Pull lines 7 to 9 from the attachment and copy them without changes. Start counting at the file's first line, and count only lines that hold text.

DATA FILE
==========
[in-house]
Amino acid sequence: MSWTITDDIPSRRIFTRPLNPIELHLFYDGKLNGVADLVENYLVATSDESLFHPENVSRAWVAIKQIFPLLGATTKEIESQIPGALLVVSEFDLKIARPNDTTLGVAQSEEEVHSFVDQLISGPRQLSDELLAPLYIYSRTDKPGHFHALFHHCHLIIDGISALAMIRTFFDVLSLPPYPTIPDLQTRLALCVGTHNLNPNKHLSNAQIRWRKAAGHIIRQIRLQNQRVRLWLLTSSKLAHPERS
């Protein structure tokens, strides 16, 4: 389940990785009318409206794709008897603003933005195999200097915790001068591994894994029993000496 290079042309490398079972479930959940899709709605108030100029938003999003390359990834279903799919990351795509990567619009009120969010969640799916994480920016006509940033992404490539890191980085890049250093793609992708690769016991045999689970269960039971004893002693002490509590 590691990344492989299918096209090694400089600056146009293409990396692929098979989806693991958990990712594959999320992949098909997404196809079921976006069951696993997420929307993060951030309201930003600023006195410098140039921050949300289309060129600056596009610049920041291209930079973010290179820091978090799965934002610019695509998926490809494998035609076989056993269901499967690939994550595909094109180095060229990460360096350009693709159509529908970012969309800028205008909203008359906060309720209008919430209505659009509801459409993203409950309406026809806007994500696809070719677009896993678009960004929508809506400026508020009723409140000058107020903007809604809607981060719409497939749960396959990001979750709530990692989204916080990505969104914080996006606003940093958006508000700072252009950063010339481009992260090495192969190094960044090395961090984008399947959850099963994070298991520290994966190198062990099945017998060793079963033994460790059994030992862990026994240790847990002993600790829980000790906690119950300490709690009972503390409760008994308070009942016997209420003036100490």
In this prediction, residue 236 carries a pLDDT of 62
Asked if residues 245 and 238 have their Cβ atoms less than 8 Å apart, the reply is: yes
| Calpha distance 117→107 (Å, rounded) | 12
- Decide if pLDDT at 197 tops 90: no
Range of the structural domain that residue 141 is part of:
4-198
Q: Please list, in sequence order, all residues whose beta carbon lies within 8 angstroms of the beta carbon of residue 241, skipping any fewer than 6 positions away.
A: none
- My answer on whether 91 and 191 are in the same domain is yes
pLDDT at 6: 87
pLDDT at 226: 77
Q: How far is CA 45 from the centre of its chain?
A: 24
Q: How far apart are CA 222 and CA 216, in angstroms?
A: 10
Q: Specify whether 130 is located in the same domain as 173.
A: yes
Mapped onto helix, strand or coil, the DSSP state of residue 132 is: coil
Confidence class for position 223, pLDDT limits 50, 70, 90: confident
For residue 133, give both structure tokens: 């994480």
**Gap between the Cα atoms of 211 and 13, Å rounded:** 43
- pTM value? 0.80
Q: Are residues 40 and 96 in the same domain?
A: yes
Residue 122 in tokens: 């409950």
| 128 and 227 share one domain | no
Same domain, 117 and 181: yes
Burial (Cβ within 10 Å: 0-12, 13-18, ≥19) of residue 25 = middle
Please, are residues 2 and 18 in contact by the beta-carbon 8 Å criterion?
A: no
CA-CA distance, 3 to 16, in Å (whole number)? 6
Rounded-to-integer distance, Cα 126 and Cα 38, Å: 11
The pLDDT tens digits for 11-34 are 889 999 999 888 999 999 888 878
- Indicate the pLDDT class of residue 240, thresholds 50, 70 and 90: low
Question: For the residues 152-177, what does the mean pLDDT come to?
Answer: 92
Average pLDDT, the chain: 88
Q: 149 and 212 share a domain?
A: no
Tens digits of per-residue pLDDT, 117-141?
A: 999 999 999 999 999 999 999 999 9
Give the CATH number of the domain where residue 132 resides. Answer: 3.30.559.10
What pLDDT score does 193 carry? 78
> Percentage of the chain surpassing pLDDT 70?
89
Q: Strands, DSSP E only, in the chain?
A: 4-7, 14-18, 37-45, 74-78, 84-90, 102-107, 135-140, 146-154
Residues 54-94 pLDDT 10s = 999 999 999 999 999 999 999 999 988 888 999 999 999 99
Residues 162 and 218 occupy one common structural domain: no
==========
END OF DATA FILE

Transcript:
- Decide if pLDDT at 197 tops 90: no
Range of the structural domain that residue 141 is part of:
4-198